The rationale, says Bill Gould, president of WETT Sales & Distribution, a Winnipeg, Canada-based company that distributes Moosehead, Moosehead Light, Carlsberg, Crack Canoe and Samuel Adams, is for beer drinkers to be identified by their selection of draught just like they have been for many years with their bottles or cans.
“All the brand owners want their product served in their branded glass so people look around and see what others are drinking. It helps the brand,” Gould says.
Ferg Devins, chief public affairs officer for Molson Coors Canada, agrees. He says 20 years ago, draught beer was a commodity served out of an anonymous black tap at the bar. “Having a draught beer in the (branded) glass is just an important as cracking open a bottle with the label on it (in terms of branding and exposure),” he says.
Draught might represent a small piece of total volume for breweries in North America, but it’s big business in pubs, bars and restaurants. “The industry has done a pretty good job of moving the consumer to have their brand on draught. Unidentified draught is really a thing of the past,” Gould says, noting beer companies have had to invest a considerable sum in glassware to support their branding efforts.
The draught movement in bars these days is an extension of “bottle badging” – the phenomenon of beer drinkers buying a beer with which they want to be associated. It started 25 years ago when beer companies started making the switch from the stubby to the long-necked bottle, and the evolution has included the movement into green, clear and embossed bottles. Your bottle became your badge and now the same is true with your draught glass.
Beer companies can also build upon existing brand strength with their draught offering. For example, Coors Light’s draught glass features mountains painted on in temperature-sensitive ink that turns blue when the beer is sufficiently cold. That’s an off-shoot of the company’s “cold certified” technology with bottles and cans that it launched a couple of years ago. (The mountain logo turns from white to icy blue on both vessels when the beer inside has reached optimal coldness.)
Cans, bottles and draught glasses are all being used to reinforce its assertion that cold beer is better beer and Coors Light is the coldest. To ensure the branding strategy doesn’t fall apart in the pub, Devins says its sales team pays close attention to how its beer is served. “If it comes in the wrong glass, they tell the bartender. It’s important that it’s served in the right glass. They say, ‘I ordered that brand, I bought it for a reason,’” he says.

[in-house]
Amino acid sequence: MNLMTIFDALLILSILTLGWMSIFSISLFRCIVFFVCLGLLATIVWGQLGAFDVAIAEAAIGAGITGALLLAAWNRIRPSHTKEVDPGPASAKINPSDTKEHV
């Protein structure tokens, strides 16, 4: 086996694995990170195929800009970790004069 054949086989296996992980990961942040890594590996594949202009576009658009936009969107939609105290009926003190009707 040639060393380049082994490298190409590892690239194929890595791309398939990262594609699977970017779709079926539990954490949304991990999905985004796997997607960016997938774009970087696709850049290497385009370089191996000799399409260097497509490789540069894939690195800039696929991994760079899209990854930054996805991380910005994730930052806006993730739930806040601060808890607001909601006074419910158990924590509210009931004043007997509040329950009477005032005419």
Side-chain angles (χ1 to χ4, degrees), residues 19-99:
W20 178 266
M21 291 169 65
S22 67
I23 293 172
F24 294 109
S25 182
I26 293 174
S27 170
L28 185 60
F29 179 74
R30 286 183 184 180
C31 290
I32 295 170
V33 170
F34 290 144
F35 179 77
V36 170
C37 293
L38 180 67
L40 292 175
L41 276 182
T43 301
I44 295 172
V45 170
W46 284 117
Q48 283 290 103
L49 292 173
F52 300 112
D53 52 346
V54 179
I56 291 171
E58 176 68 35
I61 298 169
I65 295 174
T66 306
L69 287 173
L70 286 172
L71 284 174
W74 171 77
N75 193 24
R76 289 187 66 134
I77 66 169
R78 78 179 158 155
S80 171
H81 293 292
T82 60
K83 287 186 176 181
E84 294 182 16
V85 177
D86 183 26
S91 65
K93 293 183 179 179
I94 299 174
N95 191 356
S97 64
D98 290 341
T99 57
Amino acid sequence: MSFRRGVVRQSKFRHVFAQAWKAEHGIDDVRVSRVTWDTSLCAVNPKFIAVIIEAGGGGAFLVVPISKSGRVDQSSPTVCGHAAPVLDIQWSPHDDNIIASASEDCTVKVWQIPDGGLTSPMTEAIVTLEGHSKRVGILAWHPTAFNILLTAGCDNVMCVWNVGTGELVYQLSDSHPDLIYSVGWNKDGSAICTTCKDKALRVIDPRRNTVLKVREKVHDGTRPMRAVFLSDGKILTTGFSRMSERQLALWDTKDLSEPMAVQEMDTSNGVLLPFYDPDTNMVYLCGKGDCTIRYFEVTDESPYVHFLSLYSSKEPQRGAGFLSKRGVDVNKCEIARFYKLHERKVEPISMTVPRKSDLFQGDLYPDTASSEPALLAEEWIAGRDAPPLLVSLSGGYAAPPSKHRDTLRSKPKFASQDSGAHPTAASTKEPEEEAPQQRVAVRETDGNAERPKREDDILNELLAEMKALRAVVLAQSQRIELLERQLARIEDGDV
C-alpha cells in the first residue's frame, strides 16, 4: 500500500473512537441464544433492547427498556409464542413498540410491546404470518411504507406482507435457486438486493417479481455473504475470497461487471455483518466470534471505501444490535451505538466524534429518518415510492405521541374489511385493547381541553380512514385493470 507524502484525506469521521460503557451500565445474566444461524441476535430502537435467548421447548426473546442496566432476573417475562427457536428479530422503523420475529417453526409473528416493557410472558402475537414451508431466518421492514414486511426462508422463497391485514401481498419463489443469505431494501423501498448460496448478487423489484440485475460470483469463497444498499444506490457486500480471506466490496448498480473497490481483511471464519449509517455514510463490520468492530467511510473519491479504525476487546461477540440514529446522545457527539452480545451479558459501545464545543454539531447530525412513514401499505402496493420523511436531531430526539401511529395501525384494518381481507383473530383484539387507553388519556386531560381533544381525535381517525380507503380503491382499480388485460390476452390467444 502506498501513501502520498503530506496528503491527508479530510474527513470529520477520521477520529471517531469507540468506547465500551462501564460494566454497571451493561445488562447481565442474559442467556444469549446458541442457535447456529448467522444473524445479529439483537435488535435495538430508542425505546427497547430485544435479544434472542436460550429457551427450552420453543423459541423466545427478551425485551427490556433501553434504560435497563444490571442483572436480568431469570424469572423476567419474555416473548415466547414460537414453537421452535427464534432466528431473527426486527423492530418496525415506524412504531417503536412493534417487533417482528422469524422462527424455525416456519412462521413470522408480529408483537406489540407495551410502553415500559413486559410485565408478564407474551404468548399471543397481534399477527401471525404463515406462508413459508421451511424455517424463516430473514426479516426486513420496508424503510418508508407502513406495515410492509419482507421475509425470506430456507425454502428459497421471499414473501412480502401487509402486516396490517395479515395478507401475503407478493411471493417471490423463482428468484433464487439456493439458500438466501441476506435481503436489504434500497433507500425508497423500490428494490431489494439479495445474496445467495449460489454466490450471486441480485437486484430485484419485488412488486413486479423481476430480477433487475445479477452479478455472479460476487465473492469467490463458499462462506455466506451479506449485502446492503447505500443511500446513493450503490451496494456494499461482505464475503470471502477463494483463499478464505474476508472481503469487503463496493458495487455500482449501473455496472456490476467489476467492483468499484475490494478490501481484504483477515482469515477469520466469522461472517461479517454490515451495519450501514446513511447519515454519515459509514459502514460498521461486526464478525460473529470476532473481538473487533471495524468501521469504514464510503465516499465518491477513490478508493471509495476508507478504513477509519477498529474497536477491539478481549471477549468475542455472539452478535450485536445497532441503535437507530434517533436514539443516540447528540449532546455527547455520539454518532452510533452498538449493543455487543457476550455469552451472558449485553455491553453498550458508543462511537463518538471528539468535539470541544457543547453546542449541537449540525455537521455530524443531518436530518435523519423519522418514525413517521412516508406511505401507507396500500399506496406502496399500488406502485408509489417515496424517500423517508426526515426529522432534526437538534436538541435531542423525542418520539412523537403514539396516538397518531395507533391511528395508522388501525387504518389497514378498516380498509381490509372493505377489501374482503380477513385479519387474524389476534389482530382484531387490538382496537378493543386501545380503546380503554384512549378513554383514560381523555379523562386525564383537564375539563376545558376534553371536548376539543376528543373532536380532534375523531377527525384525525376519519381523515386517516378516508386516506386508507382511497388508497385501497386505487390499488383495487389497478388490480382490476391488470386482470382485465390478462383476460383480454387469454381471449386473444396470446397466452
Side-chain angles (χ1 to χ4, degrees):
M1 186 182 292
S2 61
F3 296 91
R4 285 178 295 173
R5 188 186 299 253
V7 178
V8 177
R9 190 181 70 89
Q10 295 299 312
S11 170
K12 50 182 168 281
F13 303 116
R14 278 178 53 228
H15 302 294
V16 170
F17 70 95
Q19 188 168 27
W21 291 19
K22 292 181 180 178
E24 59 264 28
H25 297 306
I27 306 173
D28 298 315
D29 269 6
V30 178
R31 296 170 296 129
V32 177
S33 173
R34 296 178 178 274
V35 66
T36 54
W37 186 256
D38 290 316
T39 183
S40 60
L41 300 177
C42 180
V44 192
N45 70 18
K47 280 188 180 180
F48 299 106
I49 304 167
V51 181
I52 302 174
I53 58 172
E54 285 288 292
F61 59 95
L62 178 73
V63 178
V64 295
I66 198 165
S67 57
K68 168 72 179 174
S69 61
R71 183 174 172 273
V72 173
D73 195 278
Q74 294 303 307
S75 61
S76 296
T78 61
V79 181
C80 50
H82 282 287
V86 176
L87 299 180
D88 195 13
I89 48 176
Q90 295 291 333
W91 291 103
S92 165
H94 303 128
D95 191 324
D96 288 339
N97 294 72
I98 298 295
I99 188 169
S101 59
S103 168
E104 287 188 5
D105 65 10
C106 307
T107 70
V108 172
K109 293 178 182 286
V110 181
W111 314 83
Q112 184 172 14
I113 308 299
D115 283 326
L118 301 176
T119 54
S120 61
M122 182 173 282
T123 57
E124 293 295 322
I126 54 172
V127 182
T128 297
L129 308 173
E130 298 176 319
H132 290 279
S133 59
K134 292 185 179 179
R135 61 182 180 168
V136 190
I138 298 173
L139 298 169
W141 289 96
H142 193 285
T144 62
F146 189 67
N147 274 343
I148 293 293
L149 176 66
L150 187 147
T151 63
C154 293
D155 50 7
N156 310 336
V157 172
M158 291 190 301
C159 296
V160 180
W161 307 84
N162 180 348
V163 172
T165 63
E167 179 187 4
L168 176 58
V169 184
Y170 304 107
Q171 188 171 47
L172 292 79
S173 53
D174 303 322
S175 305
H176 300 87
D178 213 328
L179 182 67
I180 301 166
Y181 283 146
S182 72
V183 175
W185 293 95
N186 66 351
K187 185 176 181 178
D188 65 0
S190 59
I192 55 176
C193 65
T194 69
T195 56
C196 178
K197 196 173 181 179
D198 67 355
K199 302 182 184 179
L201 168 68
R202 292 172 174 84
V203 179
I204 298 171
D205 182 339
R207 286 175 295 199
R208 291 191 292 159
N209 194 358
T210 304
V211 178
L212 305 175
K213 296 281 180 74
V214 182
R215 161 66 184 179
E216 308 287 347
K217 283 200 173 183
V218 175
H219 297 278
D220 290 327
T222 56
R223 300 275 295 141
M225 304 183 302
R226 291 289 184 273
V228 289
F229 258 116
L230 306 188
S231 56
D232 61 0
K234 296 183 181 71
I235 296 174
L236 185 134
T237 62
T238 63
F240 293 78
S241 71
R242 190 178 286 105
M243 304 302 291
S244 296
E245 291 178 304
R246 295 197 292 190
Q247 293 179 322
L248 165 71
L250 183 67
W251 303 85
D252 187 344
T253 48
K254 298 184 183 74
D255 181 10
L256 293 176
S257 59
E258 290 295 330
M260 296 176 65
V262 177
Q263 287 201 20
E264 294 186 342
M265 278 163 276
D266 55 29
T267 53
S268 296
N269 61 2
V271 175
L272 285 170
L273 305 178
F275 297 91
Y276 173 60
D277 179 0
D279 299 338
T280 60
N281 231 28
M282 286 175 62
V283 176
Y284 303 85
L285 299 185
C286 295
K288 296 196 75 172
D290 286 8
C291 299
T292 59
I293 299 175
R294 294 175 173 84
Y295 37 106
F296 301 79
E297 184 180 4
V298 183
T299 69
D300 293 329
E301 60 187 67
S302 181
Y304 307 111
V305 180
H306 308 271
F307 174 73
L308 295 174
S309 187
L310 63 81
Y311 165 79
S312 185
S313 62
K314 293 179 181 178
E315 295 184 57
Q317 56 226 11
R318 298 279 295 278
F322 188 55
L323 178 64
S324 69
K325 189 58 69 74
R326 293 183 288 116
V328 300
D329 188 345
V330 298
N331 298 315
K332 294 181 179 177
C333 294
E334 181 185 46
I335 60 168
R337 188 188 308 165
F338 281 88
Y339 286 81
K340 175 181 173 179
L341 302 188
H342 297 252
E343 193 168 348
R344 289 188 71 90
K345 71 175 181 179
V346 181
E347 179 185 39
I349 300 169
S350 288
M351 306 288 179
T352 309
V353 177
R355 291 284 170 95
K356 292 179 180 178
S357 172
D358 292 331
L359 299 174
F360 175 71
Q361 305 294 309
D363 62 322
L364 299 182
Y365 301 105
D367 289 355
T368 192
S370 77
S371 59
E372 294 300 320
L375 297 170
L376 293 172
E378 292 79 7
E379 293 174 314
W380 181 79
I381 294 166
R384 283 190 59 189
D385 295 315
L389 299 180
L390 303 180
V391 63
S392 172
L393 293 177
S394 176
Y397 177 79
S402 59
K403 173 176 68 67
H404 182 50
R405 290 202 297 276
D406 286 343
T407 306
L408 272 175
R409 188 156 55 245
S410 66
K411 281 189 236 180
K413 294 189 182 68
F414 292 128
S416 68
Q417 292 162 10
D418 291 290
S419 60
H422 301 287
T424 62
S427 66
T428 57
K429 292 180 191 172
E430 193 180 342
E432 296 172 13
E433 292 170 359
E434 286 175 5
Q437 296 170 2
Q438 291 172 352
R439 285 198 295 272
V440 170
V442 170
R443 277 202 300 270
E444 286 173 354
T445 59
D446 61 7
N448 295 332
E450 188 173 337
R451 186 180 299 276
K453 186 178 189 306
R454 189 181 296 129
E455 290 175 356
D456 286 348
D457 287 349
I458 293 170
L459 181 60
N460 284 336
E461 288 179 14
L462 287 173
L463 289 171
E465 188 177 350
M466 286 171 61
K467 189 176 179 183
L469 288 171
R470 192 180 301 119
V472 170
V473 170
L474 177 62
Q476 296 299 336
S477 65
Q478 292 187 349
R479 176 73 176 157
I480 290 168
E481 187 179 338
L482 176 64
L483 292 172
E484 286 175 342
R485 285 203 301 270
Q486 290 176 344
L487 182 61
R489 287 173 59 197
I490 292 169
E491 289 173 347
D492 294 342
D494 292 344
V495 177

There’s a reason why pubs are full of glasses of all shapes and sizes, too. Kevin Hryclik, quality assurance manager for Labatt Breweries of Canada, says different glassware is suited to different beers. For example, goblets are designed for “flavorful” beers because their shape captures the aroma in the same way that wine glasses do with a chardonnay or merlot.
Flute-shaped glasses, meanwhile, are ideal for lagers and pilsners because the slight narrowing at the top concentrates the foam on a smaller surface area and helps it last longer.
“You hold a better head on the beer that way. That’s also where the aroma can be found. The foam helps hold on to the aroma for you. As the bubbles burst, the aroma is released. You’re not just tasting it with your palette, you’re breathing it in,” he says.
Stella Artois’ branding goes even further than the tall goblet-style glass in which it’s served. Bartenders around the world are taught the specific nine-step process how to pour it, which the brand refers to as “the perfect pour.”
Then they use a knife to slice off the excess foam, ridding the beer of the large bubbles, and submerge the glass in a clean sink of water, which washes off the beer clinging to the outside of the glass. The presentation is completed when the beer is passed over to the customer with the label facing outward.
“If you have a non-distinctive glass, you don’t know who’s ordering what. The glassware for draught really helps the consumers to have that recognition that ‘this is my brand, look what I’m drinking.’ It tells a bit of a story about me and it helps to build brand loyalty,” Hryclik says.
Of course, it doesn’t matter what kind of glass you’ve got if it’s not clean. Any dirt or residue inside the glass will kill the foam and cause the beer to go flat, Hryclik says.
And that’s not only bad for business, it’s bad for branding.